In April 2016, the product development team partnered with digital consultancy Mentally Friendly to conduct user research in the hope of understanding our requirements for a new website for the British Museum. The research was conducted over ten days and the end result was a series of recommendations to engage different audiences on the website.



The team trialled different methodologies in the beginning to see which method would provide the right type of feedback. Some of the research methodologies included: questionnaires prompting users to describe their planning prior to coming on-site and calendar worksheets asking visitors to visualise their journey. We even hired Chinese and Japanese translators to ask Asian visitors about their habits and prior experience with cultural institutions like the British Museum.

The research revealed that users most likely to use the website are those needing additional information for their on-site visit. These users are young families, individuals with accessibility needs, tour groups, school groups, and members. We decided to create “audience portals,” which centralises important visitor information for these specific groups. The research also revealed the need for a tool to help visitors plan their visit better. Most visitors interviewed had very little clue what to do once they had entered the Museum. They just knew that the British Museum was a must-see destination.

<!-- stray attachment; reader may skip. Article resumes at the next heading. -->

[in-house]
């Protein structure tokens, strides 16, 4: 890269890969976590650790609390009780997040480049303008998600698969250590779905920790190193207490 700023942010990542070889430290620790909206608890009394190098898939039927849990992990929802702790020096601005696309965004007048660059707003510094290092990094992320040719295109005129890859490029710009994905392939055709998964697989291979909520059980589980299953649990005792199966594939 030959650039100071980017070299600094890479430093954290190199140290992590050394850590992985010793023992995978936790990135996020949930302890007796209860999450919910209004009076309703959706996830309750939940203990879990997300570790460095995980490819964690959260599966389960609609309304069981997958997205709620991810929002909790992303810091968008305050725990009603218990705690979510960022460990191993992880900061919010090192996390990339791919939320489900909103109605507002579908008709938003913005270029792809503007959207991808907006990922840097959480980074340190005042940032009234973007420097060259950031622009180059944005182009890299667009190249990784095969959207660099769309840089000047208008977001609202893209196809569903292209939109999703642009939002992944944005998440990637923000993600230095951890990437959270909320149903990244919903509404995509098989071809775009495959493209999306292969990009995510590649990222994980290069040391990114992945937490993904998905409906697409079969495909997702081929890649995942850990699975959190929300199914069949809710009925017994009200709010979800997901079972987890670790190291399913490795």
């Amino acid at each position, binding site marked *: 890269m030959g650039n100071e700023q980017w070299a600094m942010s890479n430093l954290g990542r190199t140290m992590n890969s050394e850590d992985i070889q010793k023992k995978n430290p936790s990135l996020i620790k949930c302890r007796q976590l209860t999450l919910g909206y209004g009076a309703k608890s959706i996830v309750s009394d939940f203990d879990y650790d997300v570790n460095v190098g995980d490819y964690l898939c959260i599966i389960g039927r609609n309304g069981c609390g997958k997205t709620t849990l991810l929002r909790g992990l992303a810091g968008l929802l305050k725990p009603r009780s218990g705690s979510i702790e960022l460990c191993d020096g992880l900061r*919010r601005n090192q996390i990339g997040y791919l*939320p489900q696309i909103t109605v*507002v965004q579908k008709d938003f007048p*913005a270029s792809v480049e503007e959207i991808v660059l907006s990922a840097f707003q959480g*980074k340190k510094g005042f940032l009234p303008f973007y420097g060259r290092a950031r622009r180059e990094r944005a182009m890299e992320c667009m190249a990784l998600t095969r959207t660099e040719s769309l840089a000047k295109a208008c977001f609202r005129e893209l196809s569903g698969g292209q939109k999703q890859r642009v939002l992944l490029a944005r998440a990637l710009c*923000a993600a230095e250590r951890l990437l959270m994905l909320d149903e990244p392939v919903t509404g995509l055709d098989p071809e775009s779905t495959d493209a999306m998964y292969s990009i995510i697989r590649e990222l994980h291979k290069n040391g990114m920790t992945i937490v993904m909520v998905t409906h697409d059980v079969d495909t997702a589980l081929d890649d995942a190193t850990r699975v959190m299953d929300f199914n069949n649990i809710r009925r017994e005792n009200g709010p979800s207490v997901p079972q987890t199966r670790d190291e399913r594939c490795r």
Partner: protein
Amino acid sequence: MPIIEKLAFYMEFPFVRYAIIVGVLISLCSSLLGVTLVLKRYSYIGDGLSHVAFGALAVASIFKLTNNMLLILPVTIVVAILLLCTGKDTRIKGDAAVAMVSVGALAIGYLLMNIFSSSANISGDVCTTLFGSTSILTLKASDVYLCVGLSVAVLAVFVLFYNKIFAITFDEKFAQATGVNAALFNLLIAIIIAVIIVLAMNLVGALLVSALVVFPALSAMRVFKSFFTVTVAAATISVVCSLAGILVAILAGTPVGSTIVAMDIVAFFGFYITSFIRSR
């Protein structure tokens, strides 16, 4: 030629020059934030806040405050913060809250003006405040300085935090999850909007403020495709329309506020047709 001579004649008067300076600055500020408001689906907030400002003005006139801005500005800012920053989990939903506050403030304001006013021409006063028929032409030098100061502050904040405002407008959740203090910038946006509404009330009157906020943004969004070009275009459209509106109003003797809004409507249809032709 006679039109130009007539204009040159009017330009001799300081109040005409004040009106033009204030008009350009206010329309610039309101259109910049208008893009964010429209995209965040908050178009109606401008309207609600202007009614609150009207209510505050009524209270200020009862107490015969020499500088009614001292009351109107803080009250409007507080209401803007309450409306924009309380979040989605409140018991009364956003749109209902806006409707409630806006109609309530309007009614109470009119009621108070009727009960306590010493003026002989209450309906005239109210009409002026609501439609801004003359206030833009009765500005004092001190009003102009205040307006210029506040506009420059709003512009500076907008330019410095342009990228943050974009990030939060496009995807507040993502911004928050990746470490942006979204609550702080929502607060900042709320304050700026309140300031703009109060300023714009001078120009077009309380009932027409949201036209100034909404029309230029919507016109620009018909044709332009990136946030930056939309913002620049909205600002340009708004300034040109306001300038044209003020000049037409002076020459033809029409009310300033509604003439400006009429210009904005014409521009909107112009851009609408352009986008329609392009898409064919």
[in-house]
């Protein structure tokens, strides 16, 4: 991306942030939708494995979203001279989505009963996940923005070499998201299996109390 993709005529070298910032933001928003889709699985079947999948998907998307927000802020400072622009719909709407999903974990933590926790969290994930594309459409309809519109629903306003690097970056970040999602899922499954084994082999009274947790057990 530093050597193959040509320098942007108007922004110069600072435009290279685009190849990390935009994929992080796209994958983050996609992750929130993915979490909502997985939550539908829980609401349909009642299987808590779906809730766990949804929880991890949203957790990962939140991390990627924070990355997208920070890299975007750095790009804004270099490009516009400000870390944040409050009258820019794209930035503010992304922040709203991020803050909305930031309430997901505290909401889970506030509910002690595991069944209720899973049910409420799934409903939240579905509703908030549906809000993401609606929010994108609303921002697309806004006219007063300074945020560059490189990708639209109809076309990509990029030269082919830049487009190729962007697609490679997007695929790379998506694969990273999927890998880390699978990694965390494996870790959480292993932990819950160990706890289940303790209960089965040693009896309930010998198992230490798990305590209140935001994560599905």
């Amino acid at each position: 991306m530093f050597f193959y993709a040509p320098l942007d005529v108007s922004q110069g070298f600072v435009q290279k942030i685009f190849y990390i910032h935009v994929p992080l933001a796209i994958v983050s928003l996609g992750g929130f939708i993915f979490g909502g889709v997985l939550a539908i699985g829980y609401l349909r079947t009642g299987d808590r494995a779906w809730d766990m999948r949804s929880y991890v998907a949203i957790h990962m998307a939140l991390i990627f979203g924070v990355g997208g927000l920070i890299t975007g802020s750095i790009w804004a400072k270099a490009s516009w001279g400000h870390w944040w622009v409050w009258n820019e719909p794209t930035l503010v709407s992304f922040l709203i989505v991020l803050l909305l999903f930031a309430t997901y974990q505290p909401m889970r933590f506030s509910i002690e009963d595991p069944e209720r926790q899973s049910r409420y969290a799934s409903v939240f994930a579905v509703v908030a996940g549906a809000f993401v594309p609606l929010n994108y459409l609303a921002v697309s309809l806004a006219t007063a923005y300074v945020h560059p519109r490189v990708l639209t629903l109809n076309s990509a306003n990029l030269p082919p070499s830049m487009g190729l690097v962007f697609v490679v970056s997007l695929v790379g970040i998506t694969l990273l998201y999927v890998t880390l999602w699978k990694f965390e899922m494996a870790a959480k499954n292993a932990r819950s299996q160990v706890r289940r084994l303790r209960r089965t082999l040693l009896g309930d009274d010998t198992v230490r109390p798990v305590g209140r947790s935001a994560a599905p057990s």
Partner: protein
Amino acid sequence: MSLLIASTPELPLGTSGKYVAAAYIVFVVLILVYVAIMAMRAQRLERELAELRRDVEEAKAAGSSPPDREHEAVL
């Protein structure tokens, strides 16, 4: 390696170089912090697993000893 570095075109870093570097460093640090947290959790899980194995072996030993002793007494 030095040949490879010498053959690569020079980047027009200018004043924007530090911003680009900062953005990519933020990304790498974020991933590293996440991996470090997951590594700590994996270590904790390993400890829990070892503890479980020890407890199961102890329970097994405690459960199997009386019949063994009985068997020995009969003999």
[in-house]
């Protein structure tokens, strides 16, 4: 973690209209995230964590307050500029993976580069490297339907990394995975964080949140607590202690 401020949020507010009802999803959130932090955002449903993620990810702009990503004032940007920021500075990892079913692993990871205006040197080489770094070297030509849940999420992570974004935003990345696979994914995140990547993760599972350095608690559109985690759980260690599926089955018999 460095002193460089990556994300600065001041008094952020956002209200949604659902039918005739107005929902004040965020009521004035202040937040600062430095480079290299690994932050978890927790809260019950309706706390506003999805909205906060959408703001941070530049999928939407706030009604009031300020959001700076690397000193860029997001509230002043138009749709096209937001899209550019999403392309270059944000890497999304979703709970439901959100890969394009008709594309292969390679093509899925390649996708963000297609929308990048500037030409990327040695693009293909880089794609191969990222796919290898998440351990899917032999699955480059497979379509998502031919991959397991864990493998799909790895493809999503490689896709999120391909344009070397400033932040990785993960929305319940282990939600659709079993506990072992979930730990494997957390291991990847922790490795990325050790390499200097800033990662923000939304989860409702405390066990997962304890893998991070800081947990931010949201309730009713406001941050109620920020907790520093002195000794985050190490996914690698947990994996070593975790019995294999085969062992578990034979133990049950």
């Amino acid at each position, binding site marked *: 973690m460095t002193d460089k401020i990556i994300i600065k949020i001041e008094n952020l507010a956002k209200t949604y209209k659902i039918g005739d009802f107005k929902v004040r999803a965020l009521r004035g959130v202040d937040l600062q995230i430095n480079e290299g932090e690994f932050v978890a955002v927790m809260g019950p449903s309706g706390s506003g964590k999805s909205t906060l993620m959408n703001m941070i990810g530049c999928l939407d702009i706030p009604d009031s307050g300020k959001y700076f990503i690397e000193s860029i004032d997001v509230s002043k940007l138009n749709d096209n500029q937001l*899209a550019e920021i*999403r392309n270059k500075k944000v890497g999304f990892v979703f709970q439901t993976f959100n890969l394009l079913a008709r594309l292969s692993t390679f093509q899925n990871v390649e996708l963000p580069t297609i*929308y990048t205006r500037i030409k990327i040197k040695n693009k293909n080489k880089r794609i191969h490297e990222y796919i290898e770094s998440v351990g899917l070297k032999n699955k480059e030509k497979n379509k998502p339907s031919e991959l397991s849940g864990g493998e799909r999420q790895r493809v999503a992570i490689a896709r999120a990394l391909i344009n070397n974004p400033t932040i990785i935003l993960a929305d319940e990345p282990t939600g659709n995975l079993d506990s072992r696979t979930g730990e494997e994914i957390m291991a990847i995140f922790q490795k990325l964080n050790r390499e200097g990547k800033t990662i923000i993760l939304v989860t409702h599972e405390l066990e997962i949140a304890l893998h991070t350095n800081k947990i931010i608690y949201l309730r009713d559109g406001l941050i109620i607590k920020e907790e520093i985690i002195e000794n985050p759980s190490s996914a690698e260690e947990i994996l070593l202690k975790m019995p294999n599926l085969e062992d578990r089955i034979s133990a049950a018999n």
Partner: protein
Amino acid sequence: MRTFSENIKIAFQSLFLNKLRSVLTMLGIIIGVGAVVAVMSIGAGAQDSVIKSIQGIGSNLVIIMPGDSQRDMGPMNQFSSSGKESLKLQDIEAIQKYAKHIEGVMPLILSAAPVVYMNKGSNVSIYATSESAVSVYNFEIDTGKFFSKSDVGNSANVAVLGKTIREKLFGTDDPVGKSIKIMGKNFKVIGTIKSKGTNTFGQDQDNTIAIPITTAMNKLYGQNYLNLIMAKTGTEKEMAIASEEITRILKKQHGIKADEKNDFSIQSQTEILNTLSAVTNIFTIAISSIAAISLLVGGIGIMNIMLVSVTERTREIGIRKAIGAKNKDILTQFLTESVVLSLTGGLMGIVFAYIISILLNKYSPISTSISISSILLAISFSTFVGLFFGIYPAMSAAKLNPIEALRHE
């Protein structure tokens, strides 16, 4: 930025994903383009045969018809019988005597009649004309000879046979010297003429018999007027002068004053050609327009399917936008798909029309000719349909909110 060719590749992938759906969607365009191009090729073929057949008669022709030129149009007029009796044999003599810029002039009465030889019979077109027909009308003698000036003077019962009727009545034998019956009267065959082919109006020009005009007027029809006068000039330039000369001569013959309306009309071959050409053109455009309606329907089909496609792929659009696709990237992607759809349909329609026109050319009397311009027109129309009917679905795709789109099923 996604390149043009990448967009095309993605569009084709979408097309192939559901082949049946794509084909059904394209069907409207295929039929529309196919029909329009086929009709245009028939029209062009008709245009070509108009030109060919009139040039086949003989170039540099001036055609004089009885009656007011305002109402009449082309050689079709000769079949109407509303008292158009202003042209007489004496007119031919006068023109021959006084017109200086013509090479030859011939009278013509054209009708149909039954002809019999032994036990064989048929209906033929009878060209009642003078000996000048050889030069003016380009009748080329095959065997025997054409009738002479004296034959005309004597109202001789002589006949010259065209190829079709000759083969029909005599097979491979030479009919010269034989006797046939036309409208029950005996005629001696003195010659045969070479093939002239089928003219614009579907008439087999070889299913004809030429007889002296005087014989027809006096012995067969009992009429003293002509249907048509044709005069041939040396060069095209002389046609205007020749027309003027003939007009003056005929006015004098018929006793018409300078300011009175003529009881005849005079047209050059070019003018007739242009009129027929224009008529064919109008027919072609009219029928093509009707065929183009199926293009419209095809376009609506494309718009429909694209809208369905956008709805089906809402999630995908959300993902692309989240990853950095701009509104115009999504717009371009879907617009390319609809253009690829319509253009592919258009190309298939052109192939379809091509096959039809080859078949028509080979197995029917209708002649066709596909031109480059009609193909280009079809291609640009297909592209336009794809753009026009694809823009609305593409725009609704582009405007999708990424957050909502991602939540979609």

Image credit: © Benedict Johnson